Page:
Jennifer Santoro ’11 Conducts Summer Research at Tulane

Jenn Santoro '11 inserts samples into the
Jenn Santoro '11 inserts samples into the "dirt burner."
Environmental studies major Jennifer Santoro '11 explored another avenue of science when she did organic geochemistry research at Tulane University this summer. She worked under the direction of Dr. Brad Rosenheim at Tulane, with the support of an NSF Office of Polar Programs (LARISSA) grant to Eugene Domack, Hamilton’s J.W. Johnson Family Professor of Geosciences.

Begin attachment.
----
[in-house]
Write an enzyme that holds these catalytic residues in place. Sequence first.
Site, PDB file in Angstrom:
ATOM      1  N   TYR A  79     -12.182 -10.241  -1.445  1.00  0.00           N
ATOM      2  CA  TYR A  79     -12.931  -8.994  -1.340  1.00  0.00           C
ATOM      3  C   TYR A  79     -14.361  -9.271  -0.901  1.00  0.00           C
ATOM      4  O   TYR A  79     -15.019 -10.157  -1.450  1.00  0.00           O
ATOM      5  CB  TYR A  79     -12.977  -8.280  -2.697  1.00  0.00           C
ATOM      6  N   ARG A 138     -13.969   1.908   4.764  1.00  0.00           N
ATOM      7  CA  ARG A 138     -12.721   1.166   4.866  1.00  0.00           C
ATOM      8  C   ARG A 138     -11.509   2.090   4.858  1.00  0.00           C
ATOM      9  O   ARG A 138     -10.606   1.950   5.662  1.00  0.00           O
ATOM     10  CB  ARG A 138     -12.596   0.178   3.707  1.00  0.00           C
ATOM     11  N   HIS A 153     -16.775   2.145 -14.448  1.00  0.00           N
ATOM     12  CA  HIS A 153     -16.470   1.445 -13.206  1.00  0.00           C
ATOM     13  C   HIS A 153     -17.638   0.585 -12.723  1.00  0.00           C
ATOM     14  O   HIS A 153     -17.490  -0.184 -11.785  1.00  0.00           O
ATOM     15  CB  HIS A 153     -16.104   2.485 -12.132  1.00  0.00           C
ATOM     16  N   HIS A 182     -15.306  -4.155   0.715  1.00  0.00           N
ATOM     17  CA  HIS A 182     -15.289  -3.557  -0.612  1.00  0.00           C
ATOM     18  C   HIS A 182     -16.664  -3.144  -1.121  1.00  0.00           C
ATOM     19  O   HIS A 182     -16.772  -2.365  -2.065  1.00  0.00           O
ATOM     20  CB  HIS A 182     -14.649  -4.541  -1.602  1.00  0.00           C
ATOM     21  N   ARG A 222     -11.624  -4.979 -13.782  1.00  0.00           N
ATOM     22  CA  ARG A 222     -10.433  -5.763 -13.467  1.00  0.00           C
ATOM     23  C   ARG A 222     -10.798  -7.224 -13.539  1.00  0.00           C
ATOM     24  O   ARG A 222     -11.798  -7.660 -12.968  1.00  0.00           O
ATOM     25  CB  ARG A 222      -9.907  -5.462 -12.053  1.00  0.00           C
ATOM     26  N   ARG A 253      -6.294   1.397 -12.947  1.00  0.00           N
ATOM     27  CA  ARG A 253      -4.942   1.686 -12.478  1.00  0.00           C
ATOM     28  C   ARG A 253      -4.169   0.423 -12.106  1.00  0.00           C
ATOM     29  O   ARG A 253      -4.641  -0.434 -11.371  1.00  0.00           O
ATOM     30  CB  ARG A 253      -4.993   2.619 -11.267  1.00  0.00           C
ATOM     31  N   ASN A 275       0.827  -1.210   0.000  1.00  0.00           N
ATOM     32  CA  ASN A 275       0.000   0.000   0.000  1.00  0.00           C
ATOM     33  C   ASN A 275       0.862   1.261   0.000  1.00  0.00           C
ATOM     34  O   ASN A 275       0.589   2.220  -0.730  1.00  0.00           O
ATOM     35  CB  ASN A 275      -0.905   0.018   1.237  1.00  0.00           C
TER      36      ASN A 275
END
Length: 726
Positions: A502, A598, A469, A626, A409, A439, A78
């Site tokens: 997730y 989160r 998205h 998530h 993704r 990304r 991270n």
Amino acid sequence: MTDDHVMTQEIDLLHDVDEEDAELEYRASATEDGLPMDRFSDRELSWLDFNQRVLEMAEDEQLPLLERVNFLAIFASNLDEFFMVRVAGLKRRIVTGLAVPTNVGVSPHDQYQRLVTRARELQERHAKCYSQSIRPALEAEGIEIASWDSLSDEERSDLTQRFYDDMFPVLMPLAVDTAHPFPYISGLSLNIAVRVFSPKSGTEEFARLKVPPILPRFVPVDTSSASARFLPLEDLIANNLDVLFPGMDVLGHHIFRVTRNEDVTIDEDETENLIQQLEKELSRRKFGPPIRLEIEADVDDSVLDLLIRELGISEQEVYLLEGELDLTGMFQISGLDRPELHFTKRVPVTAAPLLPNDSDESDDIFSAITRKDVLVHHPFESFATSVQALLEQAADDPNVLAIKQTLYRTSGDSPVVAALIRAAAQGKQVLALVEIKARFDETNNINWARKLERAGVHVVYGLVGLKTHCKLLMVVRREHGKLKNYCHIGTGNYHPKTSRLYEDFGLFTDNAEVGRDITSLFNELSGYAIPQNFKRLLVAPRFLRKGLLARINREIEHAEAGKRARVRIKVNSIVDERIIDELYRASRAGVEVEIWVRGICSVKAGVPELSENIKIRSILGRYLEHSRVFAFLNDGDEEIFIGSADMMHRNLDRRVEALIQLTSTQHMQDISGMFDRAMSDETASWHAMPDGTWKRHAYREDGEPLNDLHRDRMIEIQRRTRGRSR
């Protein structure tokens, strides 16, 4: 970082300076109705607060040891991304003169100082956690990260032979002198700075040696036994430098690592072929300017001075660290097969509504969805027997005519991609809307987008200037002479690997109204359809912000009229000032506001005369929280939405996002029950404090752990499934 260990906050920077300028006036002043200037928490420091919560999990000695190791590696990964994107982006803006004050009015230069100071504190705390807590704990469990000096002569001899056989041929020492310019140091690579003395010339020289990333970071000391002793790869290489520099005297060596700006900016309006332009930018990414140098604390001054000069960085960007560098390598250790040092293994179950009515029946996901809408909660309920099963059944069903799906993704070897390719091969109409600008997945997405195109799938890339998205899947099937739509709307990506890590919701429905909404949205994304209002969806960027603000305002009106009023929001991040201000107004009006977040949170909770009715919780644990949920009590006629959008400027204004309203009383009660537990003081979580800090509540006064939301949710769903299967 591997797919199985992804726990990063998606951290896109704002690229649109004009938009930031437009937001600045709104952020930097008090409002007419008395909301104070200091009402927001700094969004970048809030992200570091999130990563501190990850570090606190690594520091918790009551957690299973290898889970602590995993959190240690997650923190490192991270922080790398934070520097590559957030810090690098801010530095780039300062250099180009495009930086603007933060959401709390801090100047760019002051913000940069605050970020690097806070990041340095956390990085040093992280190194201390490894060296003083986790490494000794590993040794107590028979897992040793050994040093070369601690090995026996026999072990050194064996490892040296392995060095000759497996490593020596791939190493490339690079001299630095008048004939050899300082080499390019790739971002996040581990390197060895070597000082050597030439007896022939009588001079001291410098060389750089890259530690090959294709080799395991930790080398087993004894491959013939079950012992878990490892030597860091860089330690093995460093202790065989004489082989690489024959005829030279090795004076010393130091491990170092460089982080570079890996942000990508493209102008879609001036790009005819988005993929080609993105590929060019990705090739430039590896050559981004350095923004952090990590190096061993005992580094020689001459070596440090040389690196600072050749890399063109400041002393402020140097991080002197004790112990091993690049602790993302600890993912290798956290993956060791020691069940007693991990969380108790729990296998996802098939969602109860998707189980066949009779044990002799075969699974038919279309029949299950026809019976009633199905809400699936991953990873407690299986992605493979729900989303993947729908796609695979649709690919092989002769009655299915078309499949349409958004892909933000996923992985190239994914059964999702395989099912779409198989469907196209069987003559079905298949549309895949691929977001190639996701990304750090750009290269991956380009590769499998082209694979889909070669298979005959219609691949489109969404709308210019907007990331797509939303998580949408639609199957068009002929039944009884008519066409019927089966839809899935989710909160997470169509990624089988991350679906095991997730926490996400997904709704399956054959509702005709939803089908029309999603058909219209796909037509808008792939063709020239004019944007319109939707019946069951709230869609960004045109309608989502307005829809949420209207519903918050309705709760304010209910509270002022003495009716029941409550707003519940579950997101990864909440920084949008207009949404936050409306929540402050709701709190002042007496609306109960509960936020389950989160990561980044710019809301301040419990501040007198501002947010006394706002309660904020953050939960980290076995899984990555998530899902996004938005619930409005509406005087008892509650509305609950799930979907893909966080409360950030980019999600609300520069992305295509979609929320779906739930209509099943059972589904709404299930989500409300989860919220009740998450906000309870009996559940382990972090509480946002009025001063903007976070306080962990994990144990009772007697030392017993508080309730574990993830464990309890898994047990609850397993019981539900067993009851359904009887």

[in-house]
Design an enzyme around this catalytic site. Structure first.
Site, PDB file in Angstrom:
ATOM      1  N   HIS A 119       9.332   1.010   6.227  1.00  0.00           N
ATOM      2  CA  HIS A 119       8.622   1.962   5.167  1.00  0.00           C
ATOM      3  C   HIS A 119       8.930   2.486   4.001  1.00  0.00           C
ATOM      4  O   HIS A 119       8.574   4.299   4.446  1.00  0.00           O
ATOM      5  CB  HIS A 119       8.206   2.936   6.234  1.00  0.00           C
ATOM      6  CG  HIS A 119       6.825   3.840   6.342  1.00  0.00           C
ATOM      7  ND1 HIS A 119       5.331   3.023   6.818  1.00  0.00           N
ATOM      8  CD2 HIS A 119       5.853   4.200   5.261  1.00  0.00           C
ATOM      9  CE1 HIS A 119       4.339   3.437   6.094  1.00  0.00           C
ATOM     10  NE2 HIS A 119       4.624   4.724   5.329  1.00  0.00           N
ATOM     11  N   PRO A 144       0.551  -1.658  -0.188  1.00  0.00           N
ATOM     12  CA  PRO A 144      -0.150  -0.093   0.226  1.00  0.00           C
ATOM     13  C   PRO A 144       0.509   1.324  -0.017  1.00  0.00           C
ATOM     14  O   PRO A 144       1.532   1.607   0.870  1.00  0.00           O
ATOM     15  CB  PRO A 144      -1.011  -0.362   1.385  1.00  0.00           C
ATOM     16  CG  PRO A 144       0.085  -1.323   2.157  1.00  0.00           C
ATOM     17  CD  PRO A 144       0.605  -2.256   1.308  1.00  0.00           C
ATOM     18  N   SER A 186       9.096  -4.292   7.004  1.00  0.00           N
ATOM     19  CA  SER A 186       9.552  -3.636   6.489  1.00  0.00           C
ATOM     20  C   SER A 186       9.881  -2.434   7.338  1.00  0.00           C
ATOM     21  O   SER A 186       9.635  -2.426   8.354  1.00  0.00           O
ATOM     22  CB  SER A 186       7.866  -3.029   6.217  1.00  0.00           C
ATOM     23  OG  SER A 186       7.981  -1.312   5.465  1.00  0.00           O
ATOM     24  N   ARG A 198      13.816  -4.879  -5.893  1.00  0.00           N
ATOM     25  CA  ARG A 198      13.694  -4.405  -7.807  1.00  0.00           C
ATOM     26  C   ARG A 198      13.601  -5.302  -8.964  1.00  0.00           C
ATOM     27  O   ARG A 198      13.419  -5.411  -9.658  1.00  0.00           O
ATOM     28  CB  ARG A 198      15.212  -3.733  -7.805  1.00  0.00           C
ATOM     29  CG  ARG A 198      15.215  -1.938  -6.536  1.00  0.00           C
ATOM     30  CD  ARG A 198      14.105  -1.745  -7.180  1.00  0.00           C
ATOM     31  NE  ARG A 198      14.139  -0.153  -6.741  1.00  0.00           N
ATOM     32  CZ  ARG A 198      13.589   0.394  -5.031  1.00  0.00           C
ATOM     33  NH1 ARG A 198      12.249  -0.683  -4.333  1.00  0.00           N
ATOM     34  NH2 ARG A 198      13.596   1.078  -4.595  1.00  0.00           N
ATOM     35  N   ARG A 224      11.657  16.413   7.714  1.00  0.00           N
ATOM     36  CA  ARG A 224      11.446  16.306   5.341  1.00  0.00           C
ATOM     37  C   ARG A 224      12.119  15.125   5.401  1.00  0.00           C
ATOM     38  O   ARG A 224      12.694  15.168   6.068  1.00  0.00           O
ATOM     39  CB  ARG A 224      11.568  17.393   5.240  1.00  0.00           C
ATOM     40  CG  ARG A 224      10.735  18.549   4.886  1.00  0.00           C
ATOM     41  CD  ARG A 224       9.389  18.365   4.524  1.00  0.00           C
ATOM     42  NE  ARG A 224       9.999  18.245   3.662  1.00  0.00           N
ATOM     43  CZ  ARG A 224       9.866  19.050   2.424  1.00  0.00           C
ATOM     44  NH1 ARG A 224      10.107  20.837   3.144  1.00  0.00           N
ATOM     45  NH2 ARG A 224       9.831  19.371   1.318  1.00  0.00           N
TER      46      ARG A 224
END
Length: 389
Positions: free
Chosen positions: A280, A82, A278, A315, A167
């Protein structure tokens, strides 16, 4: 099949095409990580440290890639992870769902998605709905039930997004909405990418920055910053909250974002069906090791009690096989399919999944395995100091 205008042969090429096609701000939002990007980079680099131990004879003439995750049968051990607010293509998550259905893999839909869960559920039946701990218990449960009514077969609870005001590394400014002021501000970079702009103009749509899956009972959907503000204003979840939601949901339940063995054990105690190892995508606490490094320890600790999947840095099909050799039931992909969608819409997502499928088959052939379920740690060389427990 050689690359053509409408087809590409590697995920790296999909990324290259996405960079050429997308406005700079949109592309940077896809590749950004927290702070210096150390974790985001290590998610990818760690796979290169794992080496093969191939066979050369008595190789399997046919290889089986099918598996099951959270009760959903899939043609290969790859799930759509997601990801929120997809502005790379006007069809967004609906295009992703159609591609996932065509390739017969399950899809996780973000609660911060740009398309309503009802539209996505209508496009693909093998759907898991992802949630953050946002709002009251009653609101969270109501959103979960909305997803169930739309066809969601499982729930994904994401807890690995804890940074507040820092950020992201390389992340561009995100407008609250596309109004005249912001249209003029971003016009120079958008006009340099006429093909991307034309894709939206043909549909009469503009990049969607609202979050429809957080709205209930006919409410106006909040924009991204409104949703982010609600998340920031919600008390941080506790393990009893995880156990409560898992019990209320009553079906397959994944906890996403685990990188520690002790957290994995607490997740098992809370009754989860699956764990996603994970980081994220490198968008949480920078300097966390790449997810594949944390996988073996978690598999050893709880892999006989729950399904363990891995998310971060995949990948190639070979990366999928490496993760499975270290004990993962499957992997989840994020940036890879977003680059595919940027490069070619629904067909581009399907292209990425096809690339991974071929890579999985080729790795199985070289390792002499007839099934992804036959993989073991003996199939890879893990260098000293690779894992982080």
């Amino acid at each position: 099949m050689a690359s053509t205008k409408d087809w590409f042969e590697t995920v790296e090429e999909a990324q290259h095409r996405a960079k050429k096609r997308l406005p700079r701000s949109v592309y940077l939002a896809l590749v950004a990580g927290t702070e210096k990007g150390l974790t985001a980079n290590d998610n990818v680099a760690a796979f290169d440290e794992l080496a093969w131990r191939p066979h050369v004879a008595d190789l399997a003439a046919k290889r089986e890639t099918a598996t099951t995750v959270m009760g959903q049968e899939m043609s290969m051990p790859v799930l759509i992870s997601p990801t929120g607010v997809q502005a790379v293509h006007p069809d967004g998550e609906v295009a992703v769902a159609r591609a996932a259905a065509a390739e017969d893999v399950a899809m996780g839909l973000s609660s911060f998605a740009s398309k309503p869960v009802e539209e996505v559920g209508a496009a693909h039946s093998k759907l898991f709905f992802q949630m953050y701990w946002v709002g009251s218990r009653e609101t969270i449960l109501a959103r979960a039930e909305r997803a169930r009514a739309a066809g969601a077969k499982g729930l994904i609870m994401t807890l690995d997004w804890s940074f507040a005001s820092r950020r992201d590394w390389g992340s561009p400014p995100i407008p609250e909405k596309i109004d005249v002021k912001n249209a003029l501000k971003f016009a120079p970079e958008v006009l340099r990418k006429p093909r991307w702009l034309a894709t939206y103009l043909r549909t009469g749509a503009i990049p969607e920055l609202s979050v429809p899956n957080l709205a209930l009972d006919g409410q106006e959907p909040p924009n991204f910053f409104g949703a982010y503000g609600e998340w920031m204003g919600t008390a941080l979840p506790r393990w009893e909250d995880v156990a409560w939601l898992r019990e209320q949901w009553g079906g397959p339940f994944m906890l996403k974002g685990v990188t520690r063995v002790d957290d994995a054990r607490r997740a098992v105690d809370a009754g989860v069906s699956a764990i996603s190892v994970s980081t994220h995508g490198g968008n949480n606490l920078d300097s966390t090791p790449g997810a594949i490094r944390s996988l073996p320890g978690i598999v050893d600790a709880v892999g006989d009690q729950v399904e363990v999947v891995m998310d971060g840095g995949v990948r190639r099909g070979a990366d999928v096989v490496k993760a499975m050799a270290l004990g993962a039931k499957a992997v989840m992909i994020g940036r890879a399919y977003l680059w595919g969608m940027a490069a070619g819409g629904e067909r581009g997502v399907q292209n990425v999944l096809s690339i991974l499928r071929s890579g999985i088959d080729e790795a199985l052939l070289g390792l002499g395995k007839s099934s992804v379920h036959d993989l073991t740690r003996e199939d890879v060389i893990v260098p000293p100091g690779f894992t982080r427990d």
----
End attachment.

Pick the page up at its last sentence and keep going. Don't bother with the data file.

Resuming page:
Domack and Rosenheim have been working on a Programmable Ramped Pyrolysis Analyzer for carbon dioxide extraction (dirt burner) for a few years and it promises to change the way in which radiocarbon samples are run on bulk organic materials, such as sediment samples.

Santoro also had the chance to take her samples (taken from Antarctic materials collected this year) to the WHOI NOSAMS lab at Woods Hole where they were converted to graphite for radiocarbon analysis. The system helps to eliminate older reworked carbon particulates and concentrates the younger material in order to obtain a more accurate age assessment for the time of sedimentation.
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